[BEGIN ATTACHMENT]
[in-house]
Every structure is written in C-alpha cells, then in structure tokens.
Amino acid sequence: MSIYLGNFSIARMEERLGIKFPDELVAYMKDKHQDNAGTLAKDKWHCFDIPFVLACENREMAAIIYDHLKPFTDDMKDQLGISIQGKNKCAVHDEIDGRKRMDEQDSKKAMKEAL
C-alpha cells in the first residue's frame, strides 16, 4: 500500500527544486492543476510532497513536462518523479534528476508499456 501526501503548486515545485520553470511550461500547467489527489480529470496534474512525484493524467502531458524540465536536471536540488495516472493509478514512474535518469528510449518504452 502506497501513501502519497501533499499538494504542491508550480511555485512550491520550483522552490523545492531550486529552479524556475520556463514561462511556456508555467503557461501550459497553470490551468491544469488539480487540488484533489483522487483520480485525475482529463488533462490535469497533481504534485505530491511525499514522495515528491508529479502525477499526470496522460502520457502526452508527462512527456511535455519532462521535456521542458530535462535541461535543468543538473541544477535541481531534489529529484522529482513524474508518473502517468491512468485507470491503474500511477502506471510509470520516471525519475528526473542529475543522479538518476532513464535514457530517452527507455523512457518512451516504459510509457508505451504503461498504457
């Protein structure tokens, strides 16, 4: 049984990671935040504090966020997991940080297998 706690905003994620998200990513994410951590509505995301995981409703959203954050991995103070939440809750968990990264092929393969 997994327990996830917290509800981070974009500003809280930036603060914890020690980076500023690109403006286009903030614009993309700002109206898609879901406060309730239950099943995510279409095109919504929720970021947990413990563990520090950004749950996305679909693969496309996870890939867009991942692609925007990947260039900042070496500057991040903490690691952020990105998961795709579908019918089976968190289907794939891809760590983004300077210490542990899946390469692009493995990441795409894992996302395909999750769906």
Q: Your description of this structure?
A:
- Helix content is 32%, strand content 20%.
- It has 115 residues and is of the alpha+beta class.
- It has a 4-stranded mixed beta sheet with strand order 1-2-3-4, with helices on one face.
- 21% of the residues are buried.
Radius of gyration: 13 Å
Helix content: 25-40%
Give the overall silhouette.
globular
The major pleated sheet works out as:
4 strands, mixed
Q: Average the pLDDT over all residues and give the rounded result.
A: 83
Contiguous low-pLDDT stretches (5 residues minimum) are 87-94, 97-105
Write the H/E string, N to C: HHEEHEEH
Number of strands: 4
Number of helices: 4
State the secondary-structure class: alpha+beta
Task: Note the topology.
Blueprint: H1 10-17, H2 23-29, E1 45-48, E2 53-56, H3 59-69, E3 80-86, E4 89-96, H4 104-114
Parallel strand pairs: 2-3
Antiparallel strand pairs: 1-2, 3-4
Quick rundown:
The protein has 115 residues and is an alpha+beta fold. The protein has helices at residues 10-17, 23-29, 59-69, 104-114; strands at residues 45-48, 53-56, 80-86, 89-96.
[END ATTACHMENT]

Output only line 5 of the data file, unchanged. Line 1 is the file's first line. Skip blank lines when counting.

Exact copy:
């Protein structure tokens, strides 16, 4: 049984990671935040504090966020997991940080297998 706690905003994620998200990513994410951590509505995301995981409703959203954050991995103070939440809750968990990264092929393969 997994327990996830917290509800981070974009500003809280930036603060914890020690980076500023690109403006286009903030614009993309700002109206898609879901406060309730239950099943995510279409095109919504929720970021947990413990563990520090950004749950996305679909693969496309996870890939867009991942692609925007990947260039900042070496500057991040903490690691952020990105998961795709579908019918089976968190289907794939891809760590983004300077210490542990899946390469692009493995990441795409894992996302395909999750769906």